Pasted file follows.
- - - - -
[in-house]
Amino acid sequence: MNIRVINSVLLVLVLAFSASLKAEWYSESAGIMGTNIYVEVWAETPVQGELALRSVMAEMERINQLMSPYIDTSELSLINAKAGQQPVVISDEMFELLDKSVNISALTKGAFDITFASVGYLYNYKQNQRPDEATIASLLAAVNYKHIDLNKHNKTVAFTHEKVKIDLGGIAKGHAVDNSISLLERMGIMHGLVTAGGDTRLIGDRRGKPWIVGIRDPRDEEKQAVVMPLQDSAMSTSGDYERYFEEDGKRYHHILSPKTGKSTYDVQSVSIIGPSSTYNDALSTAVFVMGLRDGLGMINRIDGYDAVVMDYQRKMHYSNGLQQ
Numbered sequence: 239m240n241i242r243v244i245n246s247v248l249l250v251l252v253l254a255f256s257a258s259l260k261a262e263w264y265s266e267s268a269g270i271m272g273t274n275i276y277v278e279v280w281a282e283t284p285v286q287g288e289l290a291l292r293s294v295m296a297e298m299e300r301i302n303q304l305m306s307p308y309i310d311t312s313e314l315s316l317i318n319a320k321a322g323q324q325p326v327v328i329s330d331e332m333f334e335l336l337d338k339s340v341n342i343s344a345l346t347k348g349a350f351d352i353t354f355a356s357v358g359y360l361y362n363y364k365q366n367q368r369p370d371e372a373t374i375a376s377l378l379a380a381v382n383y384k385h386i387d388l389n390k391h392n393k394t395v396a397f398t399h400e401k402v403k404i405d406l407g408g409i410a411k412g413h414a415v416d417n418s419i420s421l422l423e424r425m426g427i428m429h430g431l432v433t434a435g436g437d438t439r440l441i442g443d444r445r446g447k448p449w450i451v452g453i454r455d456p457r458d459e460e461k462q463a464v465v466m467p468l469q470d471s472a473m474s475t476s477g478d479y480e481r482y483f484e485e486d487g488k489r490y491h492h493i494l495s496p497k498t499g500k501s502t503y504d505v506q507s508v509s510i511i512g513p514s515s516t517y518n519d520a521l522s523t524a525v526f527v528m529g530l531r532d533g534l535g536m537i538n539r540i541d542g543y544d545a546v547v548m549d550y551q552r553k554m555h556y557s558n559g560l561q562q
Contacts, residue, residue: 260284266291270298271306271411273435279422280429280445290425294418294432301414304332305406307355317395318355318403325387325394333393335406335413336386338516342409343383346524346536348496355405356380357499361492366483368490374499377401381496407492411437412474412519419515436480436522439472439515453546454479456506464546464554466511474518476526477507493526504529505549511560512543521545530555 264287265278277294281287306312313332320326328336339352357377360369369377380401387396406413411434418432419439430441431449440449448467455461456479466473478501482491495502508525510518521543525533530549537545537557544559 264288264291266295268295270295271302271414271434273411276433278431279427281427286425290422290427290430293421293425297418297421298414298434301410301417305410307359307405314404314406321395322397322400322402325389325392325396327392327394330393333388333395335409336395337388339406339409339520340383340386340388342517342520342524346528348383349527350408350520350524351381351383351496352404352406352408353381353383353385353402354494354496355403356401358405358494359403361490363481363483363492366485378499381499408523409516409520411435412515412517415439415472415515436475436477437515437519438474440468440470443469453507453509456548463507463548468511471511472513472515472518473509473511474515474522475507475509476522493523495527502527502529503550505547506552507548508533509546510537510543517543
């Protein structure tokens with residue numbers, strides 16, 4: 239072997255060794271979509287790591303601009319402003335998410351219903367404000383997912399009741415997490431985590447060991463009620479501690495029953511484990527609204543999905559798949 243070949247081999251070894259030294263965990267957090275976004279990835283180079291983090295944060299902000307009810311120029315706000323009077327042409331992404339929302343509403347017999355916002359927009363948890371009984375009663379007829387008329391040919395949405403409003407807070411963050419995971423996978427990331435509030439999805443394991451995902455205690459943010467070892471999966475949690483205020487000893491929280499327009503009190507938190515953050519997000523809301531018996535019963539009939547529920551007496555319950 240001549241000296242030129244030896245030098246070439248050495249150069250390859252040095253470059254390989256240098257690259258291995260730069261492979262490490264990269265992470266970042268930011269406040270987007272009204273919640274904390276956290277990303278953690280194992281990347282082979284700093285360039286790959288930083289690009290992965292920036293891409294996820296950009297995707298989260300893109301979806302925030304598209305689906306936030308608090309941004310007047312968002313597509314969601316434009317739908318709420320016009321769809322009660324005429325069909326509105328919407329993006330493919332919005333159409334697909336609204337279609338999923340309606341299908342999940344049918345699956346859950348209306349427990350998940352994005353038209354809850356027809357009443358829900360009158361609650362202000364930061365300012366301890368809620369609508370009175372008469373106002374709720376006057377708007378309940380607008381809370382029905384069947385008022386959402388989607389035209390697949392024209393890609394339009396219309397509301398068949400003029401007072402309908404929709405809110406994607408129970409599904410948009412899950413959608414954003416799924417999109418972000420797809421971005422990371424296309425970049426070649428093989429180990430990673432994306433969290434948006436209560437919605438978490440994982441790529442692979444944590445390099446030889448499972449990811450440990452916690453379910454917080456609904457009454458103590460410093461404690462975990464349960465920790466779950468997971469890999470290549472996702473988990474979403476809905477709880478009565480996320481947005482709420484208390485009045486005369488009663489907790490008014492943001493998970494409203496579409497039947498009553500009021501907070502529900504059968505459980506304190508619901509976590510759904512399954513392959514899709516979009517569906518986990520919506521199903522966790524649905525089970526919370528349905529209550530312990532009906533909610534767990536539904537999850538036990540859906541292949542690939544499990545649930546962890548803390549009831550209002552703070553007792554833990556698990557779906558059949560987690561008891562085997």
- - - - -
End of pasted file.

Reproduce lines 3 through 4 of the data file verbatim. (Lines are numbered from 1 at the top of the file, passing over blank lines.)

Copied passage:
Numbered sequence: 239m240n241i242r243v244i245n246s247v248l249l250v251l252v253l254a255f256s257a258s259l260k261a262e263w264y265s266e267s268a269g270i271m272g273t274n275i276y277v278e279v280w281a282e283t284p285v286q287g288e289l290a291l292r293s294v295m296a297e298m299e300r301i302n303q304l305m306s307p308y309i310d311t312s313e314l315s316l317i318n319a320k321a322g323q324q325p326v327v328i329s330d331e332m333f334e335l336l337d338k339s340v341n342i343s344a345l346t347k348g349a350f351d352i353t354f355a356s357v358g359y360l361y362n363y364k365q366n367q368r369p370d371e372a373t374i375a376s377l378l379a380a381v382n383y384k385h386i387d388l389n390k391h392n393k394t395v396a397f398t399h400e401k402v403k404i405d406l407g408g409i410a411k412g413h414a415v416d417n418s419i420s421l422l423e424r425m426g427i428m429h430g431l432v433t434a435g436g437d438t439r440l441i442g443d444r445r446g447k448p449w450i451v452g453i454r455d456p457r458d459e460e461k462q463a464v465v466m467p468l469q470d471s472a473m474s475t476s477g478d479y480e481r482y483f484e485e486d487g488k489r490y491h492h493i494l495s496p497k498t499g500k501s502t503y504d505v506q507s508v509s510i511i512g513p514s515s516t517y518n519d520a521l522s523t524a525v526f527v528m529g530l531r532d533g534l535g536m537i538n539r540i541d542g543y544d545a546v547v548m549d550y551q552r553k554m555h556y557s558n559g560l561q562q
Contacts, residue, residue: 260284266291270298271306271411273435279422280429280445290425294418294432301414304332305406307355317395318355318403325387325394333393335406335413336386338516342409343383346524346536348496355405356380357499361492366483368490374499377401381496407492411437412474412519419515436480436522439472439515453546454479456506464546464554466511474518476526477507493526504529505549511560512543521545530555 264287265278277294281287306312313332320326328336339352357377360369369377380401387396406413411434418432419439430441431449440449448467455461456479466473478501482491495502508525510518521543525533530549537545537557544559 264288264291266295268295270295271302271414271434273411276433278431279427281427286425290422290427290430293421293425297418297421298414298434301410301417305410307359307405314404314406321395322397322400322402325389325392325396327392327394330393333388333395335409336395337388339406339409339520340383340386340388342517342520342524346528348383349527350408350520350524351381351383351496352404352406352408353381353383353385353402354494354496355403356401358405358494359403361490363481363483363492366485378499381499408523409516409520411435412515412517415439415472415515436475436477437515437519438474440468440470443469453507453509456548463507463548468511471511472513472515472518473509473511474515474522475507475509476522493523495527502527502529503550505547506552507548508533509546510537510543517543